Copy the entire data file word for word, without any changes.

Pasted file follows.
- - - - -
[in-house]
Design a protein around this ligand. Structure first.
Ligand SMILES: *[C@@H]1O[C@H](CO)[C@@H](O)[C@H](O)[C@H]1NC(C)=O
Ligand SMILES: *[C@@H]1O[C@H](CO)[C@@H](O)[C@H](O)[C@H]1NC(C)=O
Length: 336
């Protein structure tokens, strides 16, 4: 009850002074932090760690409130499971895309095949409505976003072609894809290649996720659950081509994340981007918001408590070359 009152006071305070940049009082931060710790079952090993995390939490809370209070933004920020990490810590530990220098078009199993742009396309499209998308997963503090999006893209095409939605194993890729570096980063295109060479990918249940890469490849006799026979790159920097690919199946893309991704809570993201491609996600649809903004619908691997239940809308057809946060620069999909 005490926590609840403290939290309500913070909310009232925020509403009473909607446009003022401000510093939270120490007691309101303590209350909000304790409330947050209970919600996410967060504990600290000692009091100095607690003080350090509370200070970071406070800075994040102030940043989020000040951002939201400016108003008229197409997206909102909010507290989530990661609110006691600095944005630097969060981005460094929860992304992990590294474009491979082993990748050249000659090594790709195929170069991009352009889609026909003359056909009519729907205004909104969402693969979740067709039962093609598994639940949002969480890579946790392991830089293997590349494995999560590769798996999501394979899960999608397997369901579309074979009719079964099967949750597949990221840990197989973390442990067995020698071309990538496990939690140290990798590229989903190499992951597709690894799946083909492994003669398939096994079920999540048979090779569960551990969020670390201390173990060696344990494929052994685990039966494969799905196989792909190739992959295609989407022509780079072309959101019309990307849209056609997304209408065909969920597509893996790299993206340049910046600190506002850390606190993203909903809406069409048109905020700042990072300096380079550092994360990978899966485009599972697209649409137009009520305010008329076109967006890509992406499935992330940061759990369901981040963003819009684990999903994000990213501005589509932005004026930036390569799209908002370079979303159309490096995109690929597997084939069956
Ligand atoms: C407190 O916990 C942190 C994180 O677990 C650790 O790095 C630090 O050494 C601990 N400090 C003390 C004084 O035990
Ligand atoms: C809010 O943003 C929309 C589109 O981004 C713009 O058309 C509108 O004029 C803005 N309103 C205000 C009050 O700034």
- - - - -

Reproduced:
[in-house]
Design a protein around this ligand. Structure first.
Ligand SMILES: *[C@@H]1O[C@H](CO)[C@@H](O)[C@H](O)[C@H]1NC(C)=O
Ligand SMILES: *[C@@H]1O[C@H](CO)[C@@H](O)[C@H](O)[C@H]1NC(C)=O
Length: 336
């Protein structure tokens, strides 16, 4: 009850002074932090760690409130499971895309095949409505976003072609894809290649996720659950081509994340981007918001408590070359 009152006071305070940049009082931060710790079952090993995390939490809370209070933004920020990490810590530990220098078009199993742009396309499209998308997963503090999006893209095409939605194993890729570096980063295109060479990918249940890469490849006799026979790159920097690919199946893309991704809570993201491609996600649809903004619908691997239940809308057809946060620069999909 005490926590609840403290939290309500913070909310009232925020509403009473909607446009003022401000510093939270120490007691309101303590209350909000304790409330947050209970919600996410967060504990600290000692009091100095607690003080350090509370200070970071406070800075994040102030940043989020000040951002939201400016108003008229197409997206909102909010507290989530990661609110006691600095944005630097969060981005460094929860992304992990590294474009491979082993990748050249000659090594790709195929170069991009352009889609026909003359056909009519729907205004909104969402693969979740067709039962093609598994639940949002969480890579946790392991830089293997590349494995999560590769798996999501394979899960999608397997369901579309074979009719079964099967949750597949990221840990197989973390442990067995020698071309990538496990939690140290990798590229989903190499992951597709690894799946083909492994003669398939096994079920999540048979090779569960551990969020670390201390173990060696344990494929052994685990039966494969799905196989792909190739992959295609989407022509780079072309959101019309990307849209056609997304209408065909969920597509893996790299993206340049910046600190506002850390606190993203909903809406069409048109905020700042990072300096380079550092994360990978899966485009599972697209649409137009009520305010008329076109967006890509992406499935992330940061759990369901981040963003819009684990999903994000990213501005589509932005004026930036390569799209908002370079979303159309490096995109690929597997084939069956
Ligand atoms: C407190 O916990 C942190 C994180 O677990 C650790 O790095 C630090 O050494 C601990 N400090 C003390 C004084 O035990
Ligand atoms: C809010 O943003 C929309 C589109 O981004 C713009 O058309 C509108 O004029 C803005 N309103 C205000 C009050 O700034």